The greenest companies worldwide: Kering ranks #1 in Consumer Discretionary Sector and #4 in overall Global 500

French multinational luxury giant Kering (Gucci, Boucheron, Brioni, Stella McCartney) has been recognised as one of the “greenest” companies worldwide by Newsweek Magazine’s Green Rankings, coming in fourth position in the overall Global 500 list and as top-ranked in consumer discretionary companies* within the Global 500.

Kering’s inclusion in the 2014 Newsweek Green Rankings is based on the evaluation of the Group’s environmental performance for 2012 with eight key performance indicators (KPIs) assessed including energy, greenhouse gas, water, waste, company reputation, remuneration linked to sustainability, third party auditing, and the extent to which internal governance is geared towards sustainability.

“It is an honour to be recognised in the Newsweek Green Rankings,” said Marie-Claire Daveu, Chief Sustainability Officer and Head of international institutional affairs of Kering. “The Newsweek Green Rankings is viewed as prestigious amongst our peers and stakeholders and this level of recognition encourages us to continue our efforts to enhance the sustainability of our business.”

The 2014 Newsweek Green Rankings is the result of a comprehensive research process undertaken by Corporate Knights Capital and peer-reviewed by a panel of experts, and ranks the 500 largest publicly-traded companies in the United States (the U.S. 500) and the 500 largest publicly-traded companies globally (the Global 500) on overall environmental performance. The 2014 Rankings measures the environmental performance of large public companies using eight clearly defined KPIs and a company’s overall score is a weighted average of their eight KPI scores as outlined in the ranking methodology.

Kering’s worldwide brand portfolio (luxury, sport & lifestyle divisions) includes brands like Alexander McQueen, Balenciaga, Bottega Veneta, Boucheron, Brioni, Christopher Kane, Girard- Perregaux, Gucci, Pomellato,,Qeelin, Saint Laurent Paris, Sergio Rossi, Stella McCartney, Tomas Maier, Puma, Volcom, Cobra, and Puma Sport.

The top-ranked company on the U.S. 500 was Allergan, the California-based pharma company best known as the world’s largest producer of Botox. Widely recognized as a corporate environmental leader, Allergan began formulating an environmental strategy more than 20 years ago, with recent efforts focused on innovative waste management initiatives and energy efficiency projects.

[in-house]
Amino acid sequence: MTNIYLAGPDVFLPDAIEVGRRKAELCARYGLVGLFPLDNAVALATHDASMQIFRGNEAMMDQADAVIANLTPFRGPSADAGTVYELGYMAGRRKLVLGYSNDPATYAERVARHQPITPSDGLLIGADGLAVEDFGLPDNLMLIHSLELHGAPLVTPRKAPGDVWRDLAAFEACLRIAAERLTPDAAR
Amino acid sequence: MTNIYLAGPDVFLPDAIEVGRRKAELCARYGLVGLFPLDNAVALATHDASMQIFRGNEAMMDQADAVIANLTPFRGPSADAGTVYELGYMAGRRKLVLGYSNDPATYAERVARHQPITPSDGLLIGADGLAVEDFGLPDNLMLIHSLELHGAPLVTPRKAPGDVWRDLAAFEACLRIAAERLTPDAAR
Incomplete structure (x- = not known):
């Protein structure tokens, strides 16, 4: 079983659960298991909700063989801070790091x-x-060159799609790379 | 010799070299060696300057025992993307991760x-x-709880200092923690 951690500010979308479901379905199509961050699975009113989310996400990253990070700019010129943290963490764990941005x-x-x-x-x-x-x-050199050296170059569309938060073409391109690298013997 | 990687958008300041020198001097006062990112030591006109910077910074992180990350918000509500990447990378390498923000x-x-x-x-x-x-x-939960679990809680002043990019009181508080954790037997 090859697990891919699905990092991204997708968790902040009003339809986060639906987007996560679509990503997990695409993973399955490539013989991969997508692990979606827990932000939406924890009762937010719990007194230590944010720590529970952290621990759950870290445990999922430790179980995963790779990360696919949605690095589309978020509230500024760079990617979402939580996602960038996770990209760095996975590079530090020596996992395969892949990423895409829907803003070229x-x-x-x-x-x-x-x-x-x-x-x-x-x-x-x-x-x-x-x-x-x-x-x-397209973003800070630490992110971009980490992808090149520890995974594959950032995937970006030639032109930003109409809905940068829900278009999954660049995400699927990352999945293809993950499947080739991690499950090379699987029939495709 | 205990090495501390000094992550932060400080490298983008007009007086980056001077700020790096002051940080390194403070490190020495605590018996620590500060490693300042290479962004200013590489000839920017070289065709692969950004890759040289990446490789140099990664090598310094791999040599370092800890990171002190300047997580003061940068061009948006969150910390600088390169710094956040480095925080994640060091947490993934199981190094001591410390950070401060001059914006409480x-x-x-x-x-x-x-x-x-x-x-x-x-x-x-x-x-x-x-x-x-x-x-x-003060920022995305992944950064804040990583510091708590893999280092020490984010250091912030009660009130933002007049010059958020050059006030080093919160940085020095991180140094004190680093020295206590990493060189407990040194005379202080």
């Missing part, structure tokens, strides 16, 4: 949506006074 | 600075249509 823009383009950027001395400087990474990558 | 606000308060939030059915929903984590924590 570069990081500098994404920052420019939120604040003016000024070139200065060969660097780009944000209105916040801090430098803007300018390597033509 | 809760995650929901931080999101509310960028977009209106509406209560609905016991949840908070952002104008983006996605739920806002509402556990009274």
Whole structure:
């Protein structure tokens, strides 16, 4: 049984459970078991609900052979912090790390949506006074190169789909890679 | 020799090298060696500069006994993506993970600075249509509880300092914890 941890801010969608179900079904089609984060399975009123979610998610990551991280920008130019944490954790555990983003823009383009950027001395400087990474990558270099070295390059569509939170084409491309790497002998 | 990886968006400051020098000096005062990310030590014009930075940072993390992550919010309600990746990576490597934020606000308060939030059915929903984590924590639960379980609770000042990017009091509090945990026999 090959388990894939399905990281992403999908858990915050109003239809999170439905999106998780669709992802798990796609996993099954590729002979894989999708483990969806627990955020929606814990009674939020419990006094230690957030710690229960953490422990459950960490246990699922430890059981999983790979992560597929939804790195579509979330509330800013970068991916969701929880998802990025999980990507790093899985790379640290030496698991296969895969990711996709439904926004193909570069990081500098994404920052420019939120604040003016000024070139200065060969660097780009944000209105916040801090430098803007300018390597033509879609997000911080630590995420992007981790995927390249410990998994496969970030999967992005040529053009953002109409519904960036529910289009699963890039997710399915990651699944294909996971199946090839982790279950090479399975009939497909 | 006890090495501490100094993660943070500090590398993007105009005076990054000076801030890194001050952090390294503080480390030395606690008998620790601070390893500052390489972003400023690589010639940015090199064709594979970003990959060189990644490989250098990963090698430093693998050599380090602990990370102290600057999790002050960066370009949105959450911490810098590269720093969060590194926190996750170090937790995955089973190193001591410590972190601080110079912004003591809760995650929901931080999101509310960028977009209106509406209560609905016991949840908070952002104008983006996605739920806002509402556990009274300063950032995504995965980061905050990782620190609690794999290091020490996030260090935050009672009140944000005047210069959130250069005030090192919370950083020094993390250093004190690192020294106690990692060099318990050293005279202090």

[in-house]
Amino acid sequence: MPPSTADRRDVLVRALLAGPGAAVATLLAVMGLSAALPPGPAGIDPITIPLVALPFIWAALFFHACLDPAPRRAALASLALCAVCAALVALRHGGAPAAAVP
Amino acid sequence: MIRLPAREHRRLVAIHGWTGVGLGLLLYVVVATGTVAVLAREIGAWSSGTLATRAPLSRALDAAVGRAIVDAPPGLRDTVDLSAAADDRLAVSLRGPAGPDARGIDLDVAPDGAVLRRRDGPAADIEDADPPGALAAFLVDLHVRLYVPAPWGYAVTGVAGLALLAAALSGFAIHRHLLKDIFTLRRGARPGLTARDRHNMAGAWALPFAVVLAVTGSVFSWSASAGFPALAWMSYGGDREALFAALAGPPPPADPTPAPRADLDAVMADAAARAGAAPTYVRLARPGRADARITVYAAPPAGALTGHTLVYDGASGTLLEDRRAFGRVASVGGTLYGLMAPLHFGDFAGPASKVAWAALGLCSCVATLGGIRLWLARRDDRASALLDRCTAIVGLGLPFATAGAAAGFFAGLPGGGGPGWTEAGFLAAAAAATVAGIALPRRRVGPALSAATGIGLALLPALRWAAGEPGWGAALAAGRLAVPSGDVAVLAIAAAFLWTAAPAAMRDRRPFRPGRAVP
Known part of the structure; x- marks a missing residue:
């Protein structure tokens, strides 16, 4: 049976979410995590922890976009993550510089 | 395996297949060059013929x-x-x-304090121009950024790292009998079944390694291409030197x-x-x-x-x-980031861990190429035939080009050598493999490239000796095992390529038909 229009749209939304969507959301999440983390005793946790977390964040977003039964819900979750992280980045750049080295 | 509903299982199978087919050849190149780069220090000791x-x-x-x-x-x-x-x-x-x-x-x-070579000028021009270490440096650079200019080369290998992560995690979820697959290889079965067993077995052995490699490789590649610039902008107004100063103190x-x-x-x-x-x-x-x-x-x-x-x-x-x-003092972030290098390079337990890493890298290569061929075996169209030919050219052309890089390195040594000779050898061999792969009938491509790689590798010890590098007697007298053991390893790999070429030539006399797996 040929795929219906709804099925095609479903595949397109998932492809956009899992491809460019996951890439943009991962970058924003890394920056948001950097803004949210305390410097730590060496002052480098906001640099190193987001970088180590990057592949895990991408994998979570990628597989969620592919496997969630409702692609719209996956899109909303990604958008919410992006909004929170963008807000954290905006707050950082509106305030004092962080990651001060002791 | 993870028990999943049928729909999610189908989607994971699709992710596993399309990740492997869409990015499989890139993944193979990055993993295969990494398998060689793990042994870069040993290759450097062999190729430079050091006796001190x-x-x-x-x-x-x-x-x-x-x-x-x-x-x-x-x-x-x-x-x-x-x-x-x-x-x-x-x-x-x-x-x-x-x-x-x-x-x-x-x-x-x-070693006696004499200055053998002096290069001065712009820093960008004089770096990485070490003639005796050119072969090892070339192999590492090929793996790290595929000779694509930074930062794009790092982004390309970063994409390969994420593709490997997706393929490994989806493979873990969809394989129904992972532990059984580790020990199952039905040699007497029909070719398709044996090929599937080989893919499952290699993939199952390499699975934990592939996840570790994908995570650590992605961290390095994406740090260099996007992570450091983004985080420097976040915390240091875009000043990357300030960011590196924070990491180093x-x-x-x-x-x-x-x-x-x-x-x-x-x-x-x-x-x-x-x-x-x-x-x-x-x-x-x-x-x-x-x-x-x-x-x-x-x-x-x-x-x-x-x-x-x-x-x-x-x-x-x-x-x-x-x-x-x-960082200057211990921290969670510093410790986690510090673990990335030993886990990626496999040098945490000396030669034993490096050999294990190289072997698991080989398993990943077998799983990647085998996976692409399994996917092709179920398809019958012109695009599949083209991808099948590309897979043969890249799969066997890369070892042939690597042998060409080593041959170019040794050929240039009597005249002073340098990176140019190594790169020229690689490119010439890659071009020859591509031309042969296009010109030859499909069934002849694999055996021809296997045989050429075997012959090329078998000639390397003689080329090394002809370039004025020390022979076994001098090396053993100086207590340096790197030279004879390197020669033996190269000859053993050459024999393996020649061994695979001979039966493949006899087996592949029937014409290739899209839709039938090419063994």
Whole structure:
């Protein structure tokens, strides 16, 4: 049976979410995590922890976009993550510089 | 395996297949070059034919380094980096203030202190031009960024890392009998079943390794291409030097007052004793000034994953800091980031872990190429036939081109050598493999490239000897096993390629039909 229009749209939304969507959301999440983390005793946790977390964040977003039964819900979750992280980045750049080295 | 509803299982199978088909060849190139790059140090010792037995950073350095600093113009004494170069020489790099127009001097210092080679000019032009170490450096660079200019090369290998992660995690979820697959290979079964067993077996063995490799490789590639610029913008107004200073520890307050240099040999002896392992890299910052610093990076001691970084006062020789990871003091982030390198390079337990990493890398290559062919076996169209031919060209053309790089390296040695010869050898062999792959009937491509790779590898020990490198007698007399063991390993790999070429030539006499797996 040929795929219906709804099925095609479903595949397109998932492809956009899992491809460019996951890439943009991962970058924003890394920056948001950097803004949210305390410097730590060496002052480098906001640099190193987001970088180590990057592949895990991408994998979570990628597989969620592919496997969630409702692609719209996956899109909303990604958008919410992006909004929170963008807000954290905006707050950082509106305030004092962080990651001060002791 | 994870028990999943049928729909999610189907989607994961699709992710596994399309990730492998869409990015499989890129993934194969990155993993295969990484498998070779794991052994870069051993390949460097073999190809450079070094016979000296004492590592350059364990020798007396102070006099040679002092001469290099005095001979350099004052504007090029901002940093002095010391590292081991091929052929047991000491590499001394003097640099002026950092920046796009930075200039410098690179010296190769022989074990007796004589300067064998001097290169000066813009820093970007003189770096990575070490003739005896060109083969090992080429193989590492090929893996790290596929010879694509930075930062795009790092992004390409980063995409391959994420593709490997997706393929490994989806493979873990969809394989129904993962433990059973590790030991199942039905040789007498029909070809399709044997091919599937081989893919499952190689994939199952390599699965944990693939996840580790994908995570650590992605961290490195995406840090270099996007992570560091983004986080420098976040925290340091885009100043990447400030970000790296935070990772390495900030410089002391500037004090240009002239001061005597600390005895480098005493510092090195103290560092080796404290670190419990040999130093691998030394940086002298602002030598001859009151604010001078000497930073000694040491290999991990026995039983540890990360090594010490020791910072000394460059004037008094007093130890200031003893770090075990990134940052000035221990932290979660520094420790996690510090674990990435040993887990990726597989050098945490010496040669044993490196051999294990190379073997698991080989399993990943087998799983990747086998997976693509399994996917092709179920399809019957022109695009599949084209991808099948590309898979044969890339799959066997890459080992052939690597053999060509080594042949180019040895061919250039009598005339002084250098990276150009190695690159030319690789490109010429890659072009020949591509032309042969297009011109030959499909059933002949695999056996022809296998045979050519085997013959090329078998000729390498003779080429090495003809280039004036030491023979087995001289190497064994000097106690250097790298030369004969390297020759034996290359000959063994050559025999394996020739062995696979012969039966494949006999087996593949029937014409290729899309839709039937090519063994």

Vivendi, the French media and telecommunications giant, was the top ranked company on the Global 500. Vivendi’s strong showing in the ranking was influenced by the company’s comprehensive renewable energy strategy and efforts to tie the remuneration of its senior executives to corporate environmental performance targets.

“The Newsweek Green Rankings show which companies stand out from their industry peers on an increasingly important suite of performance metrics,” said Toby Heaps, CEO of Corporate Knights Capital. “The ranking offers unique insights about how the world’s largest companies are positioned around a wide variety of material themes, including climate change, rising energy costs and water scarcity.”

“What we’re seeing more and more is a direct link between corporate sustainability, reputation, and financial success,” said Elijah Wolfson, senior editor at Newsweek. “Many of the world’s largest public companies have begun to recognize that in order to be successful moving forward, they need to openly account for their environmental impact. The goal of Newsweek’s Green Rankings is to add to and push for this type of accountability.”

In addition to uncovering sharp differences in environmental performance both within and among industries, the project found that a majority of the world’s largest companies are now disclosing environmental data to the market.

Notably, over 75% of the Global 500 and 60% of the U.S. 500 now disclose data on their carbon emissions to investors. This compares to almost no disclosure a decade ago.

“The upward tick in environmental disclosure identified in this project is a well-documented macro trend,” said Heaps. “We believe this reflects growing pressure for expanded corporate reporting from investor groups and the growing number of jurisdictions that require environmental disclosure.